The importance of penetration testing versus cyber risks

The importance of penetration testing versus cyber risks | Insurance Business America

The importance of penetration testing versus cyber risks

Cyber risk is one of the most-watched by organisations today, due to its recent emergence, poorly understood nature, and wide-reaching implications.

According to Samir Khare, vice president and global cybersecurity services delivery lead for Capgemini, the present cyber risk approach of many businesses is very IT-centric. This means that most businesses are focussed on detection and response to possible attacks on their IT assets, and certain other aspects of cybersecurity are being neglected.

“Prevention in terms of good threat intelligence and robust vulnerability management (scanning and patching) is a neglected area,” he said. “Often, most cyber incidents are a result of vulnerability exploitation and/or lack of information of an evident threat, as well as poor education.”

Another widely neglected area is identity, which is fast becoming the new attack surface. As a result, businesses are grappling with funding to implement a good identity lifecycle and governance tool.

Khare added that compliance is fast gaining importance in the risk management approach of corporations, as regulatory standards are becoming stringent and some, such as GDPR, have financial consequences for non-compliance.

What is penetration testing?
One important tool to test an organisation’s cyber security is penetration testing, also known as a ‘pen test’. According to Khare, it is an authorised simulated attack on a computer system, performed to evaluate the security of the system. It involves simulating the actions of a hacker, using various tools and techniques, to exploit critical systems and gain access to sensitive data. It is a crucial tool that helps strengthen an organisation’s cyber security posture.

Some of its benefits include: testing the security posture real-time and providing crucial inputs to improve, fix, or strengthen the state of cybersecurity, protecting the brand image by securing and safeguarding the organisation’s and customers’ data, providing a benchmark for building customer confidence when dealing with their sensitive infrastructure, meeting legal and regulatory requirements, and conforming to industry best practices.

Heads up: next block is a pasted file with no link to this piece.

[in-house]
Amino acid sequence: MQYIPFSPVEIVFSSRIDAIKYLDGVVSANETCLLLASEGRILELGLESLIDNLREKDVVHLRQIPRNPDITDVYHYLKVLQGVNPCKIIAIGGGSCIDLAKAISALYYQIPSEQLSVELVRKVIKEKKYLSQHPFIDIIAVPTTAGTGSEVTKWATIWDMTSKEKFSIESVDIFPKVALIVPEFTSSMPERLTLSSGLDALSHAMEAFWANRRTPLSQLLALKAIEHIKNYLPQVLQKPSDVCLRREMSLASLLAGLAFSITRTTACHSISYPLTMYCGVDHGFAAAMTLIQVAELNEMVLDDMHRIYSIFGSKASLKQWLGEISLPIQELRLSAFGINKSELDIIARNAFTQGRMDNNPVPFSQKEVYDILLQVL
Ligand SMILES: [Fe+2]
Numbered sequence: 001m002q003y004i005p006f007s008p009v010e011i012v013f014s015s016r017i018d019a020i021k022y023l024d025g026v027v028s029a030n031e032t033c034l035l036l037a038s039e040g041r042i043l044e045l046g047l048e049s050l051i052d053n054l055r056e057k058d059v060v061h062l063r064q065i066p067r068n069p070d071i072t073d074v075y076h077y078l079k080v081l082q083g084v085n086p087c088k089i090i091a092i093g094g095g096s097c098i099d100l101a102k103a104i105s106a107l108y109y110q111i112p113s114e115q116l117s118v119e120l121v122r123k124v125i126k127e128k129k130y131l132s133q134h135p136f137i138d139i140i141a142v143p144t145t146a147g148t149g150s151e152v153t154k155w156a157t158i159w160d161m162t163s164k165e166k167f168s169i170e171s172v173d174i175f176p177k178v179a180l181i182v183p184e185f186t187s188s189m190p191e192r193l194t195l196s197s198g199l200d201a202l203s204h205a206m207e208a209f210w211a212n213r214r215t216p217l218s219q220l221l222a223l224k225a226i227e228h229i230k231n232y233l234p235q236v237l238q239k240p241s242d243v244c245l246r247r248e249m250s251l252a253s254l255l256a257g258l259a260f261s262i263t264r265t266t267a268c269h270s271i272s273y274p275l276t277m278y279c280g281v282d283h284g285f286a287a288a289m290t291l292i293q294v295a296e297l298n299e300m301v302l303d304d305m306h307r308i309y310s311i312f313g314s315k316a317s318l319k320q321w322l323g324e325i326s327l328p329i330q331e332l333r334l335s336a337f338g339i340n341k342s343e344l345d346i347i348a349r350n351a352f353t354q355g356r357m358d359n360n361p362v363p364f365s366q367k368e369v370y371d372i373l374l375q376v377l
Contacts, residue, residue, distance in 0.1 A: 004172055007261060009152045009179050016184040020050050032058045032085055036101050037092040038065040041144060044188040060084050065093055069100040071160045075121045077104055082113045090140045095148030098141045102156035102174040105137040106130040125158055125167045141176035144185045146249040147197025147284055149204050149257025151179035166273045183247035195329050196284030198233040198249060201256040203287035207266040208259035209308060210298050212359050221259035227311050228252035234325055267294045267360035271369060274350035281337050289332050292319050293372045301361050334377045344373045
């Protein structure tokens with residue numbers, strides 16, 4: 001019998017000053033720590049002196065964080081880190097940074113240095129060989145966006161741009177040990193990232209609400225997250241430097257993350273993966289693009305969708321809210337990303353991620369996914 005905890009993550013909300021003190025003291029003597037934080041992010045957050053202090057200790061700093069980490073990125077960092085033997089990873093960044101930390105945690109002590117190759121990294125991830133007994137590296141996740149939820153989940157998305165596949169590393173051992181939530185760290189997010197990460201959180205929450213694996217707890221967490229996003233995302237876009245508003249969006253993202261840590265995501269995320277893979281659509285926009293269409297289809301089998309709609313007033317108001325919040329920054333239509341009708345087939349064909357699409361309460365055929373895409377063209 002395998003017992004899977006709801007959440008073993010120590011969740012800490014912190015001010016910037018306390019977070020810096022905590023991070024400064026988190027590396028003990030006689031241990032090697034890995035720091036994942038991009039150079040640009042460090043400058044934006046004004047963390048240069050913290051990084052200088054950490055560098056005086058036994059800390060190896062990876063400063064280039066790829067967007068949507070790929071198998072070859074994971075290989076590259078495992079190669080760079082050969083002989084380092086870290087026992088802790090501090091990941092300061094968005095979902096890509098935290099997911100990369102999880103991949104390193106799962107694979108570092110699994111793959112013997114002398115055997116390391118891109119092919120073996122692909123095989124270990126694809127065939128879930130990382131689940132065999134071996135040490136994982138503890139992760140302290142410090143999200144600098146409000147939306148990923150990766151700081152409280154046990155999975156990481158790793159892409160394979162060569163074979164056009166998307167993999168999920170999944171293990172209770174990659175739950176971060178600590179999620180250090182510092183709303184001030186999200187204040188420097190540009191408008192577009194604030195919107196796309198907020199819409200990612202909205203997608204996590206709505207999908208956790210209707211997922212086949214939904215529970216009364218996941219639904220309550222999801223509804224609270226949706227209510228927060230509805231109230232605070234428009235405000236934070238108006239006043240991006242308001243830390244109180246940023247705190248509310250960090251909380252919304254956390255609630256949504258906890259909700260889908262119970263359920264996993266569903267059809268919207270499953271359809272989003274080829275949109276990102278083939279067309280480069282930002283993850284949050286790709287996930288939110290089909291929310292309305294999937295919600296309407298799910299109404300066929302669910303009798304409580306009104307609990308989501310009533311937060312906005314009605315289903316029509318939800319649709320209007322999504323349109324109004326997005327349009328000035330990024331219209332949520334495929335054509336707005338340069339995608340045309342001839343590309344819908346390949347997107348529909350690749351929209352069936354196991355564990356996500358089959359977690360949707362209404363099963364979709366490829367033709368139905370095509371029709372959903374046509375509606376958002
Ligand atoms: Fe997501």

How is a pen test conducted?
Khare shared the following steps on how a penetration test is done:

  1. Planning and preparation – Initial communication with the client and an information collection request is sent
  2. Information gathering and analysis – Information about system to be penetrated is collected. Active and passive analysis is performed to gather more information about the target system (e.g. banner grabbing)
  3. Vulnerability scanning using automated tools – Tool-based vulnerability scan is performed to identify critical, high, medium and low risk severity vulnerabilities
  4. Manual vulnerability testing – A comprehensive manual assessment of identified security vulnerabilities is performed to remove false positives and capture proof of concept for confirmed security vulnerabilities
  5. Penetration testing/exploitation – Based on approvals, exploitation of identified security vulnerabilities is performed
  6. Analysis and reporting – Technical and management reports are shared with the client

Khare said that after a penetration test, organisations should thoroughly evaluate the identified security vulnerabilities and devise an action plan to quickly remediate critical and high risk security issues.

“Later, work on medium and low risk issues and track them until closure,” he said. “Post-remediation of all the identified security vulnerabilities, a re-test should be conducted to ensure that all vulnerabilities were actioned upon.”

Cybersecurity outlook
Looking forward, Khare said that in the next few years, the cyber defence strategies of corporations will have to be based on the business risk, and not risk to IT assets alone.

“A risk based approach will be needed to prioritise risks and countermeasures before undertaking investments in tooling,” he said. “Greater emphasis will be needed on unearthing insider threat. Most security strategies today are based on the external threat environment.

“Speed of detection and response will be enhanced by effective usage of tooling on user and entity behavior analytics (UEBA), security orchestration, automation and response (SOAR), and AI. As the connected world increases in scope, boundaries between IT security, operational technology security, and electronic physical security will diminish and demand integrated monitoring and response systems.”